It was hard to pick where the Arcade Fire might go after ‘The Suburbs’ – this track manages to seem like a natural progression and a sharp left turn at the same time. It grooves along for over seven and a half minutes, not really shifting around that much, but it still might well be the most compelling Arcade Fire track since ‘Rebellion (Lies)’. David Bowie does backing vocals and Regine Chassagne sings in French, adding to ‘Reflektor’s’ THIS IS IMPORTANT! Factor.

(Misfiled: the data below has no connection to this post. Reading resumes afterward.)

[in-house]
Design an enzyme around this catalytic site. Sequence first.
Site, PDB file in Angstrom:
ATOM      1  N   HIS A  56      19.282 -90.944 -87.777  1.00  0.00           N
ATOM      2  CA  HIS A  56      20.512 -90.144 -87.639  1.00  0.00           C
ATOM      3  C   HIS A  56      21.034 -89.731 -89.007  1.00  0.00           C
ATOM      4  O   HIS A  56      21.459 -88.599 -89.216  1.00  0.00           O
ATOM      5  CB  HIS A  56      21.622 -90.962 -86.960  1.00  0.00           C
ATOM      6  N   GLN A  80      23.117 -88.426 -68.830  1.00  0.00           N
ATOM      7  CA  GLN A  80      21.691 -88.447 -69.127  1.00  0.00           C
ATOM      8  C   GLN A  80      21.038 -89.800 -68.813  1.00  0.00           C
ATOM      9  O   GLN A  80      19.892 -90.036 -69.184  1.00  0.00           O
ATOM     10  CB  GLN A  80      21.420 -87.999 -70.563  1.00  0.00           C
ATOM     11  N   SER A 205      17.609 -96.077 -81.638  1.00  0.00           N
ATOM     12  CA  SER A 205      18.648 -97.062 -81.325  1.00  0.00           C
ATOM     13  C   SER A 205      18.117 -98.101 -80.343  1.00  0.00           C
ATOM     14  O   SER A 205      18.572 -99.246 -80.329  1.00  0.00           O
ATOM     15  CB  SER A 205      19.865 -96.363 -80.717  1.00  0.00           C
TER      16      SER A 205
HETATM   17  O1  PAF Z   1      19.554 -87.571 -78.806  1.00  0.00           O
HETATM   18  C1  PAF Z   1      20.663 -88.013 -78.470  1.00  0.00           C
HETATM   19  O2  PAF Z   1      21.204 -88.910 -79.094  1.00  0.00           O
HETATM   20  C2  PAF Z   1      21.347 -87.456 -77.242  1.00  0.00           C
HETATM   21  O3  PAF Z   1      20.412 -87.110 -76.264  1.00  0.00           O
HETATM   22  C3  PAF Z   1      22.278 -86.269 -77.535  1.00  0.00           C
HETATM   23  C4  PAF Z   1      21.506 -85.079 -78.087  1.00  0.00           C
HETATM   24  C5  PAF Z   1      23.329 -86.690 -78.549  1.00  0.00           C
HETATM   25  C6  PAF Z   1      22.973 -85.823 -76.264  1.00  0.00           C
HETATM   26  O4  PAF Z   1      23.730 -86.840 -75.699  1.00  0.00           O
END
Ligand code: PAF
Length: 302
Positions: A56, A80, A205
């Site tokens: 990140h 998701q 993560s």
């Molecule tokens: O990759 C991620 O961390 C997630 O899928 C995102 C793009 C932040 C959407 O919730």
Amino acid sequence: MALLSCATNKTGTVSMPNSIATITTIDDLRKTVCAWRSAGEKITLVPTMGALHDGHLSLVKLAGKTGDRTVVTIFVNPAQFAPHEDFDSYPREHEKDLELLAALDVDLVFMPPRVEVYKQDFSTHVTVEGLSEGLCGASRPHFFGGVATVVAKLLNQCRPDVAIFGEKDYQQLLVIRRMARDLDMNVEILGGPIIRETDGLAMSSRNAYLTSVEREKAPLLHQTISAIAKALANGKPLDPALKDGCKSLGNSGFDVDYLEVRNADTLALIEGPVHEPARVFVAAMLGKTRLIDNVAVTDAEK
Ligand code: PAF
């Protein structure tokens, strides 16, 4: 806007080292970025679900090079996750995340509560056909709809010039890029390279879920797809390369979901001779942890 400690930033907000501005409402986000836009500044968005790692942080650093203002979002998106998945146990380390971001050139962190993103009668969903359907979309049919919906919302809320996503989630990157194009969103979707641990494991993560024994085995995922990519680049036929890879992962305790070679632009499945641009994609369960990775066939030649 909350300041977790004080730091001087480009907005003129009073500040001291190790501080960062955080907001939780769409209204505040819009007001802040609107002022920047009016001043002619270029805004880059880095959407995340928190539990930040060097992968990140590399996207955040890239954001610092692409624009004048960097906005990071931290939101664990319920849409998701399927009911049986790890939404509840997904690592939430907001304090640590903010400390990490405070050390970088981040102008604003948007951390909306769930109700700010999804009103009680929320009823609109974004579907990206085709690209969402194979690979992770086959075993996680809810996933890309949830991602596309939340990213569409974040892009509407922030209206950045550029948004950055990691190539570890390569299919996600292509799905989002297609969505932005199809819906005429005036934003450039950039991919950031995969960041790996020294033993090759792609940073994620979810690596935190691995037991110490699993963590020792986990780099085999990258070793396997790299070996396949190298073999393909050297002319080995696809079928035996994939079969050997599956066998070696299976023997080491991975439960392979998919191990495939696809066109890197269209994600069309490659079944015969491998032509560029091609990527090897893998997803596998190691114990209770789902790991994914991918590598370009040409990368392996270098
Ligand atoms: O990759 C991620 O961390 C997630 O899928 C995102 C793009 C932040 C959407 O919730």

Sugar are kind of the forgotten group of early ‘90s US alternative rock, in part because they were spawned out of mid ‘80s US alternative rock, with leader Bob Mould previously having been part of Husker Du. Their album ‘Copper Blue’ though is as good as anything produced by younger similar bands of the period. Think a more accomplished Urge Overkill, or a less manic Frank Black. ‘Hoover Dam’ veers more towards ‘arena rock’ than some of Sugar’s other output, but does it brilliantly.